In the first part of this article series (“Preparation: Tips that lead to a solid, engaging presentation,” OBG Manag. 2016;28:31–36.), we offered tips on preparing for a group presentation. In this article, part 2, we discuss the presentation itself and what you can do to capture and hold your audience’s attention.
How to connect with the audience
Let’s assume the meeting host has just introduced you to the audience using, as we suggested in the previous article, an autobiographical profile you provided. You now have the audience’s undivided attention. What you do and say in the next 30 to 60 seconds will set the stage for your program. Following the requisite “thank you” to the host and meeting sponsor, use this time to establish your expertise as a spokesperson on the chosen topic. Or, if the introductory remarks made your expertise plain, you may choose to connect with the audience on an informal, personal level. If you are from out of town, for instance, you could remark on an interesting aspect of the city or region you are visiting that you learned on the Internet before arriving.
Underscore the topic’s importance. On the other hand, you might want to begin with an insightful statistic germane to your talk. For example, a talk on breast cancer might begin with, “According to the American Cancer Society, there are nearly 250,000 new cases of breast cancer each year, and breast cancer accounts for more than 40,000 deaths per year. That means more women die from breast cancer than die in auto accidents each year. So this emphasizes the importance of appropriately screening women for breast cancer annually after age 40.”
An opening story about a patient can be powerful. Better yet, a personal experience reflecting your topic is a great way to connect with your audience members and get their attention. For example, one of us (NHB) gives talks on practice management and practice efficiency. I might talk about when I was called from an exam room 3 times to answer “emergency” phone calls from a patient who wanted only to request her medical records. To ensure that this embarrassment would never happen again, I put in place a system that I then describe for the audience.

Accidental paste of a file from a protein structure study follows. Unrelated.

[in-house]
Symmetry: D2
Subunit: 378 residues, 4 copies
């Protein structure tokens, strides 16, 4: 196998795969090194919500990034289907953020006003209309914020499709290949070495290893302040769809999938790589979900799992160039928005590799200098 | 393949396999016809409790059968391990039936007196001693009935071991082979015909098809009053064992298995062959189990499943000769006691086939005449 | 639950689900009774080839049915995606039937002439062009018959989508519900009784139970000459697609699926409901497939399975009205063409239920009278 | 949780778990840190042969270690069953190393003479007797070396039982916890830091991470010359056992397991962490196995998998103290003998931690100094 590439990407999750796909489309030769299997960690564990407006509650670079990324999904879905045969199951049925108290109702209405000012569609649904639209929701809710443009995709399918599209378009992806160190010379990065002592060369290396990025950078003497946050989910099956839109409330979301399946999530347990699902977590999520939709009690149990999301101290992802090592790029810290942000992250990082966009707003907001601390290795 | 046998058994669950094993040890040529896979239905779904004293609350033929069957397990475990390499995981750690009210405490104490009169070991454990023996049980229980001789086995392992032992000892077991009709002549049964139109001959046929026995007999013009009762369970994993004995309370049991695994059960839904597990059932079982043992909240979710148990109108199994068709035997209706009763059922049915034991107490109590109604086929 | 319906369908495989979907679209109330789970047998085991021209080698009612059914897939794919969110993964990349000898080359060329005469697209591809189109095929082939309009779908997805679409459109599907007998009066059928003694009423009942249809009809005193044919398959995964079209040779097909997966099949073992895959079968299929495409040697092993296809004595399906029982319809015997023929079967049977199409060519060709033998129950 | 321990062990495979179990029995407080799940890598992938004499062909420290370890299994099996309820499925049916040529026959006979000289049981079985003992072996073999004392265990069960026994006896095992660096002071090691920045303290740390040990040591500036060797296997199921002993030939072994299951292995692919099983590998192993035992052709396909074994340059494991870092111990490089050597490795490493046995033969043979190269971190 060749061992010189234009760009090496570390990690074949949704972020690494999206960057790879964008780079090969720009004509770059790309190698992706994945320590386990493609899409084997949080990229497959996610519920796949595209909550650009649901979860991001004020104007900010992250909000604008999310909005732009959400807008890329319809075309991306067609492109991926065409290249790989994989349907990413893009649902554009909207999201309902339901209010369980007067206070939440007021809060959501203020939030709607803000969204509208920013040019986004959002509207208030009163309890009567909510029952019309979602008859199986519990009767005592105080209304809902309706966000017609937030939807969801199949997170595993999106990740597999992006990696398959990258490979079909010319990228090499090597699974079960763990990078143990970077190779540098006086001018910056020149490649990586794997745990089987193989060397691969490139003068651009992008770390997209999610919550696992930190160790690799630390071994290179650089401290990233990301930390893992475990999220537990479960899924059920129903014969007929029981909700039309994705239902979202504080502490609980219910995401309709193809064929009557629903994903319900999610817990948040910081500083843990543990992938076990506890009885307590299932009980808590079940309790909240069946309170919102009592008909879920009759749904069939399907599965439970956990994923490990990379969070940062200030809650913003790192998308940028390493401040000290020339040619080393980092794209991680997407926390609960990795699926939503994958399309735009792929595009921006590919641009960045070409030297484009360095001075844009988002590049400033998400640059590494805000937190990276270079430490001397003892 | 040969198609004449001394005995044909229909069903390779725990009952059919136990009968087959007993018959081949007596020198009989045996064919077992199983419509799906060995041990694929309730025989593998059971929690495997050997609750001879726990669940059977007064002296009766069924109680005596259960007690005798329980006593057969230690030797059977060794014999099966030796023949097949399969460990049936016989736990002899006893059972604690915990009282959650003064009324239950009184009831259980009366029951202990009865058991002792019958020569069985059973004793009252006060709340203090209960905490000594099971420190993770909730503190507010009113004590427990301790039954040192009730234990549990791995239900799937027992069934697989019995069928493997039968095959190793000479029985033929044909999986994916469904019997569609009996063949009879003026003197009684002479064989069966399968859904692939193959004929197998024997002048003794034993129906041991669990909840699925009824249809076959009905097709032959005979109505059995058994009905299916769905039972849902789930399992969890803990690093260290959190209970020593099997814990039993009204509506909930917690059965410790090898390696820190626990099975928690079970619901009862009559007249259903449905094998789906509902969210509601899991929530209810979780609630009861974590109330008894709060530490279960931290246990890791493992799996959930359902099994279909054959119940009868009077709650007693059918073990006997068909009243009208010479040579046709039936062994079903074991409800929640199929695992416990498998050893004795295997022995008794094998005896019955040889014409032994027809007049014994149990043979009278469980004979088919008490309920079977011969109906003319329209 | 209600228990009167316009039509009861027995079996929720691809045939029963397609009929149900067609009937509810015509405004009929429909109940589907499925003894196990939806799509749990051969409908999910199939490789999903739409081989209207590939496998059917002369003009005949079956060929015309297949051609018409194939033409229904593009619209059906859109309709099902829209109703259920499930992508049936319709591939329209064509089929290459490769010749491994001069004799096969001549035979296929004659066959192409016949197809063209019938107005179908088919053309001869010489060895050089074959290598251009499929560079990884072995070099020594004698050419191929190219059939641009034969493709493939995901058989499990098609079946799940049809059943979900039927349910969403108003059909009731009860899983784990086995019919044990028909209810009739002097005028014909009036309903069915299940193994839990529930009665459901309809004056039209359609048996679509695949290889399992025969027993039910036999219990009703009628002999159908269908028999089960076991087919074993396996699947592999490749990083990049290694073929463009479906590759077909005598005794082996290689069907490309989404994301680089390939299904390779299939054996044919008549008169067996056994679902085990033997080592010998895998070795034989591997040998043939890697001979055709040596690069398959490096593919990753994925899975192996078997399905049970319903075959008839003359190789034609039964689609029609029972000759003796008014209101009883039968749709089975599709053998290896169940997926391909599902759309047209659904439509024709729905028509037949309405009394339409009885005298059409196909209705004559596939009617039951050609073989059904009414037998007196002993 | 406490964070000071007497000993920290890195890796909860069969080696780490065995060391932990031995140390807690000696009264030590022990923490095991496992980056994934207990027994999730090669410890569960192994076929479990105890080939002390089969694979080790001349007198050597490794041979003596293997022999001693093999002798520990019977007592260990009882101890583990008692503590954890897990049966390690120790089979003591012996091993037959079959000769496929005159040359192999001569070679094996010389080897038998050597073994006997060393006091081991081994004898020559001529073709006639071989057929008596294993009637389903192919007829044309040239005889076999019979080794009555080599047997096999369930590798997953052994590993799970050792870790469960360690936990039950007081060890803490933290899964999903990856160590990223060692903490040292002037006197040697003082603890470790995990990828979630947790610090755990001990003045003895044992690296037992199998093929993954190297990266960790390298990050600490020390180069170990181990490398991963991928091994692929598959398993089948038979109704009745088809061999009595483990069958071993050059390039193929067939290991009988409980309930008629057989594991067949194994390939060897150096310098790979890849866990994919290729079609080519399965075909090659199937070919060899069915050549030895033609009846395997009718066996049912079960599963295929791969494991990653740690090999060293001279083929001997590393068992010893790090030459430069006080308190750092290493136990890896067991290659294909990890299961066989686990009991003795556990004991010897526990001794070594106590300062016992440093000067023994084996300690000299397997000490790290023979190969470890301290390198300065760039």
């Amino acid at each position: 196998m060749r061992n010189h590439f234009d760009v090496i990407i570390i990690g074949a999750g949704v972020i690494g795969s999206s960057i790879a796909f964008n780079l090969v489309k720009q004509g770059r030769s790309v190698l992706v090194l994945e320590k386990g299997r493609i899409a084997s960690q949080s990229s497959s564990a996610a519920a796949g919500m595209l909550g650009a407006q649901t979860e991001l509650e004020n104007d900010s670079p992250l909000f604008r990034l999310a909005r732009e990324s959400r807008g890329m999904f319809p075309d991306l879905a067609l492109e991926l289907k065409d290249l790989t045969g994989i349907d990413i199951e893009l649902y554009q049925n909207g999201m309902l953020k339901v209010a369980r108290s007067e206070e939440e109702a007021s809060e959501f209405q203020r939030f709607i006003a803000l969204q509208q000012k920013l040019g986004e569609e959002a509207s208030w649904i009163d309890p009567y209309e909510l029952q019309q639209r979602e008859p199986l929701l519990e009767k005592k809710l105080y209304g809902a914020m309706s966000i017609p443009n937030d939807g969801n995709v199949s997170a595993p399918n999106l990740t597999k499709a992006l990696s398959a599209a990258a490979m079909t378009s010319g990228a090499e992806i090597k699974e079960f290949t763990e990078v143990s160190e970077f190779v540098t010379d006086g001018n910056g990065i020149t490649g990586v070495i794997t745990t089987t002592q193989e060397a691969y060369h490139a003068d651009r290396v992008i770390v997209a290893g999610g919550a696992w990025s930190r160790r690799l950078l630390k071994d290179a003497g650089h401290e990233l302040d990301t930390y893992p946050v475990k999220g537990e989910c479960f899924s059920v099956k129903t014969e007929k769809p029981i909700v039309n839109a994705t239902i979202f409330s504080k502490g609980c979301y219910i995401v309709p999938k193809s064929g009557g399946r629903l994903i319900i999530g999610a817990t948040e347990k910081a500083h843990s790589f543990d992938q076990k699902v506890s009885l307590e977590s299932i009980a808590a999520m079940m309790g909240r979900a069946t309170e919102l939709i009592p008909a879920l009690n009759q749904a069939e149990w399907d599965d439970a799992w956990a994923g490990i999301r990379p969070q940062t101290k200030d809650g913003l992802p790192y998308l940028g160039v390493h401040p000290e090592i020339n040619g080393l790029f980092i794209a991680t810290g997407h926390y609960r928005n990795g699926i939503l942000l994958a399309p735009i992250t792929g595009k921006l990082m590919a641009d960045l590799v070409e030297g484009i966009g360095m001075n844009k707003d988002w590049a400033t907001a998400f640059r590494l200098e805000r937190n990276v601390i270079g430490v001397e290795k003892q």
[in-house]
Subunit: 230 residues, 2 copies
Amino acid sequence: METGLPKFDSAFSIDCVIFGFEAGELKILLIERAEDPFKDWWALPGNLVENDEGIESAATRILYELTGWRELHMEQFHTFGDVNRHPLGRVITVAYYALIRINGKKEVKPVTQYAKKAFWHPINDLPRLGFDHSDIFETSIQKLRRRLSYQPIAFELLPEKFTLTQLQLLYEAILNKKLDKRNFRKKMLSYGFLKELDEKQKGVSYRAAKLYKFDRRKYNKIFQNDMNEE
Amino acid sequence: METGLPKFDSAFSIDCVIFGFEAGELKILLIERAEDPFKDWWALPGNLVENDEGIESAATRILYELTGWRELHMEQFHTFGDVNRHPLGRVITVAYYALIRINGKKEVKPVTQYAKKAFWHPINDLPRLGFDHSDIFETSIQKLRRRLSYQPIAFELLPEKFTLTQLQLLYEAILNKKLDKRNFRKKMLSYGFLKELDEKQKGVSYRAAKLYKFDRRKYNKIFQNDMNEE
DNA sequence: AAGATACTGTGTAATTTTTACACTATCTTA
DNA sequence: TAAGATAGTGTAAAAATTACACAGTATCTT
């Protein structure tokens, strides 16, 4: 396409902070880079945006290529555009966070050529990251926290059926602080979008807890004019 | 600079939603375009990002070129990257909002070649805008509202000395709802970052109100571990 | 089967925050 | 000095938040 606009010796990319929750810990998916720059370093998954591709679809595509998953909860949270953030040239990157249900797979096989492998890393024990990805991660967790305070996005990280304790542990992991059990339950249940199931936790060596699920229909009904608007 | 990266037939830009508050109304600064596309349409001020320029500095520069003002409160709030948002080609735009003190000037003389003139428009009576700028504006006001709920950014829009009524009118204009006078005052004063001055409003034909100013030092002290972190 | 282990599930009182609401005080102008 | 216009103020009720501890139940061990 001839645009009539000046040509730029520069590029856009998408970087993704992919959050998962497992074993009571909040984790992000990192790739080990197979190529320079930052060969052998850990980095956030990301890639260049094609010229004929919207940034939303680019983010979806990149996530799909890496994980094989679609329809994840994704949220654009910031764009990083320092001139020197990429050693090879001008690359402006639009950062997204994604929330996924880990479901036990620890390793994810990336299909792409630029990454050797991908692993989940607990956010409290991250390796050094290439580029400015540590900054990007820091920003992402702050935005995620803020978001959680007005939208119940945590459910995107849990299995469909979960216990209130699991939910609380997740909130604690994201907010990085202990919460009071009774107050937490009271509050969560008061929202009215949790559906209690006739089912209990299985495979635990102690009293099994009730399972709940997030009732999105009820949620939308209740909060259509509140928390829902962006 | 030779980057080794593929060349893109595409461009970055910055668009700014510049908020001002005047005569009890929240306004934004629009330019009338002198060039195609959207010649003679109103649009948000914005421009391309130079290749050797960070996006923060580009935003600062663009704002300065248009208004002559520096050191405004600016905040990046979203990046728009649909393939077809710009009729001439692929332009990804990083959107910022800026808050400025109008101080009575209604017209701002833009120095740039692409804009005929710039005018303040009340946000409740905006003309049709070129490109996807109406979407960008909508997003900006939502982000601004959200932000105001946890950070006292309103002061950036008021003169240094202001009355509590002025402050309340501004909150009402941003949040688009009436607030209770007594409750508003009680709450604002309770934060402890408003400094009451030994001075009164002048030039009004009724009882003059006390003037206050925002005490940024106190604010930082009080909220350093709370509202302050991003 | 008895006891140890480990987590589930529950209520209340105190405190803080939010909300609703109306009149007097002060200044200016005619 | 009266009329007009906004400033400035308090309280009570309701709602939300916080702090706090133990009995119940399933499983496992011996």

Alternatively, an opening that addresses the audience’s unspoken question, “What’s in this for me?” is sure to grab their attention. For instance, a talk on office productivity might begin by promising to share a way to increase annual collections by $250,000 per physician through scheduling adjustments that can increase the number of examined patients by one per hour.
Steer clear of these openings. In general, avoid “I’m delighted to be here” and other clichés. One exception would be if you can make that cliché humorous. For example, if a speaker from the deep South is visiting the northern part of the country in summer, she might say, “Most speakers say they’re delighted to be here, and you may well question their sincerity. However, I’m from New Orleans where the temperature is approaching 105 degrees with 95% humidity. You know I’m really delighted to be here!”
Importantly, avoid starting with an apology. Do not mention problems with the audiovisual equipment or why you arrived late. The audience does not care, and you will immediately lose their attention. They want to be educated and entertained. There is no better way to do this than by offering a compelling and captivating opening that begins the moment after you are introduced.
Finally, avoid use of the “royal I,” as in “I am here to talk about XYZ.” It places you in a position superior to the audience, and that is a turnoff. Instead, you could say to the audience, “The reason you are here is to learn about XYZ.” This places the audience on an equal level with you, and they know there will be something in the presentation for them.
The audience will appreciate knowing how long you plan to speak and whether you will take questions during or after the presentation. Based on our experience, if there are fewer than 20 attendees, we often encourage questions during the program instead of waiting until the end. This makes the program more conversational and usually generates more questions. With a dinner presentation, we prefer to speak while the audience is eating. We usually start after the waiters have taken the orders and the attendees have had their appetizers. We might say we will finish the program by the time they are ready for dessert. We also mention that we will distribute a handout after the presentation so they do not have to worry about following the handout, taking notes, and watching the speaker while trying to eat.